What is Agoraphobia?
Agoraphobia is a severe anxiety disorder that many people don't realize they have. It's a fear of places and situations where it is hard to escape or get help if something bad happens. People with agoraphobia often feel like they can't leave their houses because they think about what would happen if they were in a situation where getting home was difficult, such as not being able to find the right train station or bus stop.
The fear becomes so overwhelming that sufferers avoid these places and situations altogether, and sometimes won't leave their house for months or years at a time.
2 Types of Agoraphobia
There are two main types of agoraphobia: situational and generalized.
- Situational agoraphobia is when sufferers only have anxiety about certain places, people, or events. For example, a person with this type of agoraphobia may be able to be around other adults but not children, so he/she won't go to playgrounds or parks where there are high chances of encountering kids. A person with situational agoraphobia might also get anxious when he's in a crowded place, like a restaurant, public transportation, or the supermarket because it makes him/her feel closed in and claustrophobic.
- Generalized agoraphobia, on the other hand, is when sufferers experience anxiety in multiple situations and environments. People with this type of agoraphobia have an intense fear of going anywhere outside of their own home, not even to normal, everyday places. These people typically need help getting from one place to another to prevent doing self-harm.
How Do You Get Agoraphobia?
Although the true cause of agoraphobia remains a mystery, it has been linked to genetic, environmental and psychological factors. Additionally, research shows that a person who has experienced a traumatic event, or has been diagnosed with a mental health condition, is more likely to develop this type of anxiety disorder. The following mental disorders are associated with agoraphobia:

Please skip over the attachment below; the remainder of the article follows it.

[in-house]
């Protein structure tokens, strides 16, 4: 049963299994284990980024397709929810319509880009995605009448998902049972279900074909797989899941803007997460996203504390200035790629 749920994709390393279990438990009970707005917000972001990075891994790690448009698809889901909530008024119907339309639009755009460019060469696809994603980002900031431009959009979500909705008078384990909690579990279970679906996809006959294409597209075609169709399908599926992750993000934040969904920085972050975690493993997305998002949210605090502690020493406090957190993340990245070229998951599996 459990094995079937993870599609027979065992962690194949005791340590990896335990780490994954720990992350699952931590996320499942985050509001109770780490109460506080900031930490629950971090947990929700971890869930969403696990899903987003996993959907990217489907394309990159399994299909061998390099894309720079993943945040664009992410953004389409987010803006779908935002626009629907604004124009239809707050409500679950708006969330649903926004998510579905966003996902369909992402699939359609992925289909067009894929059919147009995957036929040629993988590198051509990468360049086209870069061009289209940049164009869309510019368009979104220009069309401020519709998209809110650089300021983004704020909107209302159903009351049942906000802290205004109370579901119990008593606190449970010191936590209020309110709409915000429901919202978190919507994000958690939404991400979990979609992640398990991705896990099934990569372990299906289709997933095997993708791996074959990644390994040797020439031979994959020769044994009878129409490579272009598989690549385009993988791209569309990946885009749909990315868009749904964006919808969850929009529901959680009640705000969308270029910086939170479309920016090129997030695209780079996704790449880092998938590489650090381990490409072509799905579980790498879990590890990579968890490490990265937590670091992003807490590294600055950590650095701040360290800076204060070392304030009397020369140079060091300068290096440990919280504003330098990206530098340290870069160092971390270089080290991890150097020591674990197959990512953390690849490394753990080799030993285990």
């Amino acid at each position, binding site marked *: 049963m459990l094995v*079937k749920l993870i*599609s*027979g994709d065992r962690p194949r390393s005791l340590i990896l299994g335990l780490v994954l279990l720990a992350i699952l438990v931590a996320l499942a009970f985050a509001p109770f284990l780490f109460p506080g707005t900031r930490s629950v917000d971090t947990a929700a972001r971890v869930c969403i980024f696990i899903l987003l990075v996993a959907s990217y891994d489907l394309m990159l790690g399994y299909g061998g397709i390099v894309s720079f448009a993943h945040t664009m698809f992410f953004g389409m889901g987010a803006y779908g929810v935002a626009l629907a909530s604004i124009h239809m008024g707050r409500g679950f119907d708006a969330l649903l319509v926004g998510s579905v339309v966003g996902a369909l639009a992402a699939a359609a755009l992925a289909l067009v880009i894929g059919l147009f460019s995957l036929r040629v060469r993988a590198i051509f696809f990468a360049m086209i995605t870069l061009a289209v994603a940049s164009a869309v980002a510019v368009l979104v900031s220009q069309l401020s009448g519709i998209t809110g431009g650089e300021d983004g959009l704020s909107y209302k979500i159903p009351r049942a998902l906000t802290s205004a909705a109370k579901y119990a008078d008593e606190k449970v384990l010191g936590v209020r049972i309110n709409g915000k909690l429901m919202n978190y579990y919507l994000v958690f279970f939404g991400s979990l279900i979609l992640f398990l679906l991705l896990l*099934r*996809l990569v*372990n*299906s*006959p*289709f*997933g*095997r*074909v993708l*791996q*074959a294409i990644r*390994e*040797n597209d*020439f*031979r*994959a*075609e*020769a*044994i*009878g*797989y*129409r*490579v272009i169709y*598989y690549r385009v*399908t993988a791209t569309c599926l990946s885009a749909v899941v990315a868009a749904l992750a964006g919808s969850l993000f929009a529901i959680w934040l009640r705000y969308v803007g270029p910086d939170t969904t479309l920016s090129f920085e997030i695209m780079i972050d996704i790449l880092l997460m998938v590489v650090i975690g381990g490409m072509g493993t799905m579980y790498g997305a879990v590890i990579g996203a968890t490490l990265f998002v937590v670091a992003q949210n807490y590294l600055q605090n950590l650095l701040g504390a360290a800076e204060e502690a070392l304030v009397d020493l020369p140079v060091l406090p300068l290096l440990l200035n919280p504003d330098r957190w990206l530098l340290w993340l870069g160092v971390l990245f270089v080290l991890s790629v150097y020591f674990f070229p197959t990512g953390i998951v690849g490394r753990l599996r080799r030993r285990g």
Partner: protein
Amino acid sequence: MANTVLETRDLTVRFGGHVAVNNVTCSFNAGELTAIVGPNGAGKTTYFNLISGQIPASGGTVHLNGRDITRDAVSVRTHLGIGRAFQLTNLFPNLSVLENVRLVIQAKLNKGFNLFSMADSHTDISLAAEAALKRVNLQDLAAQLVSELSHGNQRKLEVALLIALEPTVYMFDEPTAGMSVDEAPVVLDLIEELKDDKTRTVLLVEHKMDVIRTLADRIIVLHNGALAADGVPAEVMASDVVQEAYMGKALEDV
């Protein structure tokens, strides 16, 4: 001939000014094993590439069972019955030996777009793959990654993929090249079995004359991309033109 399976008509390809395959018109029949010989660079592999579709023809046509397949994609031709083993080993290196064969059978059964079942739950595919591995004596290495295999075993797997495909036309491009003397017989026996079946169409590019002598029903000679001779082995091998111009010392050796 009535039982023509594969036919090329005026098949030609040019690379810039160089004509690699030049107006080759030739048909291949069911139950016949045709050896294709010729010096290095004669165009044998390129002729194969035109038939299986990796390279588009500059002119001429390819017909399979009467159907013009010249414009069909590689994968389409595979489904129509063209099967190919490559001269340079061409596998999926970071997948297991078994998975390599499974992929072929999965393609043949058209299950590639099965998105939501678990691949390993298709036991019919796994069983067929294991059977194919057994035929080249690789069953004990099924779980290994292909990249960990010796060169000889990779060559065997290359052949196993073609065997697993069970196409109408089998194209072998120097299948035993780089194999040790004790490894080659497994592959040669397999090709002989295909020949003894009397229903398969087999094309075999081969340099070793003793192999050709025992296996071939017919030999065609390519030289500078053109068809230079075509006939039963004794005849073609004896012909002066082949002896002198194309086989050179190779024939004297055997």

- Other anxiety disorders
- Bipolar disorder
- Other social phobias
- Obsessive compulsive disorder (OCD)
- Post-traumatic stress disorder (PTSD)
- Panic disorders
Just like other phobias, agoraphobia is caused by an intense, irrational fear of specific triggers. These fears often develop during childhood when we're too young to know how to react appropriately to the things we see and experience. For example, if someone gets hurt or trapped somewhere where there's no escape or help available, they may become afraid of similar scenarios in the future because they feel helpless to do anything about it.
Anyone can develop agoraphobia, though it often starts in childhood or adolescence when sufferers are too young to understand the things they're experiencing.
Symptoms of Agoraphobia
Agoraphobia is a very difficult condition to manage because sufferers feel like they can't do much of anything without someone else by their side. It's common for people who have other anxiety disorders to develop agoraphobia because they fear what might happen if they are in a situation that provokes the same symptoms as other types of anxiety disorders. The physical symptoms of agoraphobia may include the following:
- Extreme fear
- Rapid heartbeat
- Shortness of breath or breathing difficulties
- Panic attack symptoms
- Hot flashes
- Fear of dying
- Upset stomach
- Intense need to get out of whatever situation they're in as soon as possible
If you know someone with agoraphobia, you might notice that they rarely leave the house, and only for specific reasons. They might also avoid going to crowded places or events during peak hours, let alone use public transport where it would be hard for them to escape quickly if needed.